Not only mountaineers, but also more and more sport climbers are discovering ice climbing for themselves. Without permafrost, the trend sport can be practiced in our latitudes, especially at higher altitudes in the Alps.
When temperatures drop well below the zero-degree mark, freezing waterfalls provide further opportunities for ice climbers. Then there are also some worthwhile destinations in central and northern Germany.
Without experience in the climbing hall or with mountaineering, no one should attempt to climb natural ice. Mountaineering and sport climbing are the ideal prerequisites. But even the most experienced climber should familiarize himself with the unfamiliar material before the first ice tour. Ice reacts completely differently to stone and, above all, is constantly changing. This is what makes ice climbing so exciting on the one hand, but also extremely dangerous for the unprepared.
It takes a lot of experience to be able to correctly assess the texture and stability of natural ice. Until you have this experience, you should not set out for ice climbing without a trustworthy guide. Water does not freeze uniformly, but forms air pockets and "works" incessantly, due to varying day and night temperatures, precipitation and sunlight.
For a layman, deciding for himself at what point on a frozen waterfall or steep rock face the ice is stable enough to support a person trying to get his body up with the aid of ice tools, ice screws and crampons means nothing less than danger to his life.
Pre-climbers on the ice pillar or ice wall represent an additional danger rather than an additional safety. Every single change, whether natural or man-made, creates new conditions in the ice.
Every newcomer should therefore take at least an introductory course in ice climbing before embarking on this new hobby. Providers are, for example, the German Alpine Club or mountaineering schools. There you can also borrow the necessary equipment and try it out.
The boom that ice climbing has experienced since the beginning of the millennium is also due to the growing commitment of the sports industry, because only the right equipment enables athletes to climb safely on icy surfaces. What was initially reserved for extreme athletes is now possible for more and more active people thanks to modern aids. Waterproof, heat-insulating clothing is one aspect, comfortable anchoring options and belay systems such as ice screws the other.
Such special developments are only worthwhile once the market reaches a certain size, and that hasn't been the case for very long. It was only with the fitness wave that mountaineering became more fashionable, climbing gyms sprouted up like mushrooms and the invention of Gore-Tex and Co. now make outdoor activities possible in all weathers.
To ensure that climbing in the cold - especially with permanent contact with ice - does not lead to frostbite, functional clothing is the be-all and end-all. Warming and at the same time breathable, but also waterproof and at the same time elastic materials are combined.
The onion principle applies: underwear, warming mid-layer, jacket and trousers and gloves - all this basically corresponds to mountaineering clothing for cold days. Whether mountaineering boots made of leather, despite their water permeability, are better suited for ice climbing than waterproof but more immobile plastic mountaineering boots or ski touring boots is something that every ice climber must decide for themselves.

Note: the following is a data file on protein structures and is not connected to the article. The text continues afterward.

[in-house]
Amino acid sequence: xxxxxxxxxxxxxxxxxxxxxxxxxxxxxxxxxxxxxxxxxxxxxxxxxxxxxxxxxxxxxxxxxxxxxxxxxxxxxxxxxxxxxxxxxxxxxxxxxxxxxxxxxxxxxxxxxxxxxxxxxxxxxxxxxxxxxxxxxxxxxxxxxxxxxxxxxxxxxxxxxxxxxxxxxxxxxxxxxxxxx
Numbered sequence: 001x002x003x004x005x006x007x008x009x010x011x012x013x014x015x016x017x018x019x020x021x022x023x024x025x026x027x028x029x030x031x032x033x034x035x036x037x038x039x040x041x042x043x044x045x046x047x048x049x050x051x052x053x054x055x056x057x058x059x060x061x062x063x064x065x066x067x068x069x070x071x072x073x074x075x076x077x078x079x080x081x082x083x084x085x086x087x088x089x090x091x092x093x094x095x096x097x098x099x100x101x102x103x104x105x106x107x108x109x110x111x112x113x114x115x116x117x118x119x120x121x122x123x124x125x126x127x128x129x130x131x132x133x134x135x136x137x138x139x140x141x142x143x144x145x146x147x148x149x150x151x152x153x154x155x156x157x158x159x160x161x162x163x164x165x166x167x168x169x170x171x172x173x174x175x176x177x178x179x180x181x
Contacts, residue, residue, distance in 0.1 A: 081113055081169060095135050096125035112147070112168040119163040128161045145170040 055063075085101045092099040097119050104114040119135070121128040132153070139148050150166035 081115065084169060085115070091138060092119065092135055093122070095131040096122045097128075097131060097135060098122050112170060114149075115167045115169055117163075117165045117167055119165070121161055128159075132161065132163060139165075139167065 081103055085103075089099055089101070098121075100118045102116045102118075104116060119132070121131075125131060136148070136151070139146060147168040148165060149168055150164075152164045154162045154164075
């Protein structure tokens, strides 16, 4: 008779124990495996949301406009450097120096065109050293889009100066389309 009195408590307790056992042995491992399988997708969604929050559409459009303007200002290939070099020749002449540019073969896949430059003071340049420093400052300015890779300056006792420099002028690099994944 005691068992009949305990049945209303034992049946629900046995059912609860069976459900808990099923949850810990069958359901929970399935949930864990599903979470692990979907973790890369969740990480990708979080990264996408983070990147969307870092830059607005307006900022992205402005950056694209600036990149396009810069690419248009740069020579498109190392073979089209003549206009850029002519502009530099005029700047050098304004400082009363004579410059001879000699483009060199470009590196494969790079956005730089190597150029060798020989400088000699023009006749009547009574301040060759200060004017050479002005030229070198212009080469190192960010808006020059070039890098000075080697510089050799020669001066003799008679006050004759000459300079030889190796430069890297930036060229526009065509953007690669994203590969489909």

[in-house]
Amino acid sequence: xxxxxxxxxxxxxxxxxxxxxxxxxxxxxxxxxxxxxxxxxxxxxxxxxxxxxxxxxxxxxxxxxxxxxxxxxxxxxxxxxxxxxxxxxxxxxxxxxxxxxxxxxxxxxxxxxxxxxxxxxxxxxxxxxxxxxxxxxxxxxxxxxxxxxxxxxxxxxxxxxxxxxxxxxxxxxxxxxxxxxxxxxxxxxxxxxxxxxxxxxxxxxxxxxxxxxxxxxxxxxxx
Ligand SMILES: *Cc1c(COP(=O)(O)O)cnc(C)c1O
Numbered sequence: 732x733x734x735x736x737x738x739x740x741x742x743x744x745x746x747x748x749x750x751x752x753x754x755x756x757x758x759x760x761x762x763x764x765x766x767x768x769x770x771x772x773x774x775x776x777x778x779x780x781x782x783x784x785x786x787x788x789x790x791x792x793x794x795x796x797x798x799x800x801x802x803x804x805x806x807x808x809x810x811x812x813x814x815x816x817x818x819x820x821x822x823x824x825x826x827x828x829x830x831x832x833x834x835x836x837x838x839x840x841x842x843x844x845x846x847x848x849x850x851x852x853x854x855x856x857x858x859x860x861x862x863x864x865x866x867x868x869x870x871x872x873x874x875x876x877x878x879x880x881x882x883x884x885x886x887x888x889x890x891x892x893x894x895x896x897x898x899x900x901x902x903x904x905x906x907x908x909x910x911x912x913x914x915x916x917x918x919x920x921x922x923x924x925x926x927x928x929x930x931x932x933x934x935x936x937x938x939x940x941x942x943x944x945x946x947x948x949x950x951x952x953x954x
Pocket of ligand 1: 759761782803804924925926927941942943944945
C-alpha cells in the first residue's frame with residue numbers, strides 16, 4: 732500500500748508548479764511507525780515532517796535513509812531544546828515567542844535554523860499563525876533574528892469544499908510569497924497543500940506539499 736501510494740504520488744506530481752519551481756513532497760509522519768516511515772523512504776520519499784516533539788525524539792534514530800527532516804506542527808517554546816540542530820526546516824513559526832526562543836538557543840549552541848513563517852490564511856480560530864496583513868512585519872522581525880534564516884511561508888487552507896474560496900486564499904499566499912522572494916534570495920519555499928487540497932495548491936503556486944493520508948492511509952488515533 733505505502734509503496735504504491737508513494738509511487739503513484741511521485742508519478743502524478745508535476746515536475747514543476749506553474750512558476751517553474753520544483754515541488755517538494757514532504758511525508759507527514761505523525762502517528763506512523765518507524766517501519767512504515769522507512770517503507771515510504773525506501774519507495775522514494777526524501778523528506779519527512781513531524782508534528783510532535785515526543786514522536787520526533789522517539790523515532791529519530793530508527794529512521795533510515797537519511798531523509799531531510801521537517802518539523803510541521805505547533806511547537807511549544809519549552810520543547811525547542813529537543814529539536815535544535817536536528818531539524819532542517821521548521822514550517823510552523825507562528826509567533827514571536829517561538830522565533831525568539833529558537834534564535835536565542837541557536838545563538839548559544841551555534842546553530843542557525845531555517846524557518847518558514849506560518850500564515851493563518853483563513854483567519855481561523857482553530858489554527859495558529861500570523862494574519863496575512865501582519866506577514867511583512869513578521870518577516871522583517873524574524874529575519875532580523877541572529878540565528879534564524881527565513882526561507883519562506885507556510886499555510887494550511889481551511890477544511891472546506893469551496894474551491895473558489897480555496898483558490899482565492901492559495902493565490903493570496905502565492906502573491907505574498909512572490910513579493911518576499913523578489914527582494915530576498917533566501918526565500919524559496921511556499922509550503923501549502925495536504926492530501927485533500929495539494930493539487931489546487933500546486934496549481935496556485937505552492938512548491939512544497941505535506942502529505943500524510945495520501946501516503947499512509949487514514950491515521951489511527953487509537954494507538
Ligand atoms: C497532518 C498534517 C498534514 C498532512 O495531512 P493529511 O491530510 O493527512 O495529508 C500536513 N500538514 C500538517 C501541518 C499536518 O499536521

Each of the three options has its advantages and disadvantages: Warm and dry feet unfortunately still mean restricted freedom of movement and greater weight when ice climbing. It is important that the shoes provide a secure grip and can be perfectly combined with the crampons.
Icefall and avalanches, along with frostbite and injuries from sharp equipment, are the main dangers in ice climbing, especially when several rope teams enter a frozen waterfall or an alpine ice wall. A safety helmet with a warming but breathable hat or balaclava underneath is therefore mandatory equipment.
Many models also have a neck guard and visor. Glacier or ski goggles protect you from ice splinters, wind, sun, UV radiation and snow blindness. To prevent snow or ice from getting between your pants and boots, waterproof gaiters are helpful.
Overlaps also protect waterproof mountaineering boots from getting wet through too quickly. Spare gloves made of neoprene or wool have also proven their worth.
Analogous to alpine mountaineering, chest and waist harnesses are part of the basic equipment for ice climbing. Like the mountaineer, the ice climber also needs crampons for the shoes, ropes, hooks, carabiners, slings and a first aid kit. Instead of ice picks, there are now special ice tools.
Climbing is done with two tools, the so-called ice axes or ice axes with a shortened shaft are considered ideal. Hand straps for the ice tools relieve the forearms. Special ice screws made of stainless steel or titanium should be carried, depending on skill and tour 4 to 5 pieces.
Until ice climbing becomes a popular sport in our latitudes - like in Canada, where kilometres of rock faces are already artificially iced - we enjoy the natural possibilities in the Alpine region.
In Germany, the highest area around the Zugspitze is recommended. Near Garmisch there are several opportunities for guided waterfall ice climbing, from introductory courses to multi-day tours. In Austria, Tyrol is considered a hotspot for ice climbers. After all, the first World Cup in ice climbing took place in Pitztal in 1999, in which, by the way, amateurs and professionals are still allowed to participate today.
The Ötz and Kaunertal valleys are also popular. In Switzerland, the Bernese Alps around Kandersteg and Staubbach are ideal for ice climbing, with many tours of varying difficulty. Special ice climbing guides have now been published for a number of Alpine destinations.